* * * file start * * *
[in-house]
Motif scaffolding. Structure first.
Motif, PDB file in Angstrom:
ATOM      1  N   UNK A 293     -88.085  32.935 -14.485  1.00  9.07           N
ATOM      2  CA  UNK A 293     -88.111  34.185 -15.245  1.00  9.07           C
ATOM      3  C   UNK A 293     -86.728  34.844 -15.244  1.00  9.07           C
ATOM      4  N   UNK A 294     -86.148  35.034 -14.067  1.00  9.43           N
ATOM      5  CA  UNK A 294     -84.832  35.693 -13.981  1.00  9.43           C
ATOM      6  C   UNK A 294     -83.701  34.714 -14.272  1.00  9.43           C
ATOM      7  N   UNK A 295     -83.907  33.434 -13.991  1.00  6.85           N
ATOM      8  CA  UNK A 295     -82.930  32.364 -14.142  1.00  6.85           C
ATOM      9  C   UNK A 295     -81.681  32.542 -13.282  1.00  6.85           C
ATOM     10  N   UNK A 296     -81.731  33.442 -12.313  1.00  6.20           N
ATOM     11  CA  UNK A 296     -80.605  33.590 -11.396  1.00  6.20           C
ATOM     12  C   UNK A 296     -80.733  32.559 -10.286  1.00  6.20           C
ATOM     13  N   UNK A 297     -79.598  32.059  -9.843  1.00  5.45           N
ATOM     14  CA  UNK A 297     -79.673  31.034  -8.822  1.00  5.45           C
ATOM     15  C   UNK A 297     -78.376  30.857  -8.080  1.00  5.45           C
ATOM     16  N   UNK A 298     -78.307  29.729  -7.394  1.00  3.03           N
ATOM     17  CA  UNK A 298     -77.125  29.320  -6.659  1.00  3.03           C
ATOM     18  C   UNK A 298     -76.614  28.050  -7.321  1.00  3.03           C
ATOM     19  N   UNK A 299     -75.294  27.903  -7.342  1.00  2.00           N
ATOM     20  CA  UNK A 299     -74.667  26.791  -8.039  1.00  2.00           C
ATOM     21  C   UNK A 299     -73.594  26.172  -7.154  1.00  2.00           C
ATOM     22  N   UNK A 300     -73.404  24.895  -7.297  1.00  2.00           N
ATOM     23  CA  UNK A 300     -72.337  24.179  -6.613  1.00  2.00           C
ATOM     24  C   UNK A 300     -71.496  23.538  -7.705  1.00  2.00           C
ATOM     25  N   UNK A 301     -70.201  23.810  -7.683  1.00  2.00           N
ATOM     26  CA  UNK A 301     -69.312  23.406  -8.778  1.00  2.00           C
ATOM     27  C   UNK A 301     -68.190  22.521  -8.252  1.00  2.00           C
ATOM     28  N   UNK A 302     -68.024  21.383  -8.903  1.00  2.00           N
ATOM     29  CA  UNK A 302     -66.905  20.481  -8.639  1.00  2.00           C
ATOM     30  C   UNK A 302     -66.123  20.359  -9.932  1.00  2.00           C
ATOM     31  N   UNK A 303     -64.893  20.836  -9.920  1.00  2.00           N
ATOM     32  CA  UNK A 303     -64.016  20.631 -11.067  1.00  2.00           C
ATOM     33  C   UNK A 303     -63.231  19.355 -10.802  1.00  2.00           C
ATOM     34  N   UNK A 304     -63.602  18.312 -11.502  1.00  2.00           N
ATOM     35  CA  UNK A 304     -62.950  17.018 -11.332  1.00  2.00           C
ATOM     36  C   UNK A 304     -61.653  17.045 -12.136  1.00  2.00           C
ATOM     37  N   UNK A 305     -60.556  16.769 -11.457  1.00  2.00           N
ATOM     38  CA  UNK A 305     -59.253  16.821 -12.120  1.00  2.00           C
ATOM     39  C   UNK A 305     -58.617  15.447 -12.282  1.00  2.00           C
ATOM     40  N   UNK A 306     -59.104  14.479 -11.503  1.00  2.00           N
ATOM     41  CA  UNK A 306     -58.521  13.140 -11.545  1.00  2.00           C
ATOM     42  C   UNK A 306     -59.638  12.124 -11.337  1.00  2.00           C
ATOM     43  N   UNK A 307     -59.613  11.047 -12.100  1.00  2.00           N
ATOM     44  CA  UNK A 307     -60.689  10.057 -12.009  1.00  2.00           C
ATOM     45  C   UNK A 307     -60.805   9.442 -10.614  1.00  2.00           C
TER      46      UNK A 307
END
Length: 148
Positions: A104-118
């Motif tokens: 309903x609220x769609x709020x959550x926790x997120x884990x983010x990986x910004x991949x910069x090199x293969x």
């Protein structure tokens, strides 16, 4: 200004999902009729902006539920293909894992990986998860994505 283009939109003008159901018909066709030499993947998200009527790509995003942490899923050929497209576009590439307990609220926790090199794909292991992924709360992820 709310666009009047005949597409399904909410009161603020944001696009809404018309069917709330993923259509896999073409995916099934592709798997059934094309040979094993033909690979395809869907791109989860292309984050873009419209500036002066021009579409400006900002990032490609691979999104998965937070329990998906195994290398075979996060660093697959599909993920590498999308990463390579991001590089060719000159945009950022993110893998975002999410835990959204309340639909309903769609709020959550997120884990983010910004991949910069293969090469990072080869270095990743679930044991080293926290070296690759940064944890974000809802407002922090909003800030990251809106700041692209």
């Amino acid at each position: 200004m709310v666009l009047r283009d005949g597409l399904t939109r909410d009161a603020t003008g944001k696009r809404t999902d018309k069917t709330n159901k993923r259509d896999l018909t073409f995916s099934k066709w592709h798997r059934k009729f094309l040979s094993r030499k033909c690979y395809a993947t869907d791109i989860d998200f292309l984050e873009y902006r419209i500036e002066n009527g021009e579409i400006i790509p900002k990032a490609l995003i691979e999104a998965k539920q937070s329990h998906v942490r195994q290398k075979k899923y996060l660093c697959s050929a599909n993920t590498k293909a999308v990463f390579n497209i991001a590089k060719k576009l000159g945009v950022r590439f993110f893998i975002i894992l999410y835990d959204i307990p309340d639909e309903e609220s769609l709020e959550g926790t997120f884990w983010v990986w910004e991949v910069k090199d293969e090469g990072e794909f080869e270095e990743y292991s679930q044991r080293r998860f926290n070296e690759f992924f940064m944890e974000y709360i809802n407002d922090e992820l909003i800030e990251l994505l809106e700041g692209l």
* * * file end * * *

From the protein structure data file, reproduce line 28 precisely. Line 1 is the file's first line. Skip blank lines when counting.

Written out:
ATOM     25  N   UNK A 301     -70.201  23.810  -7.683  1.00  2.00           N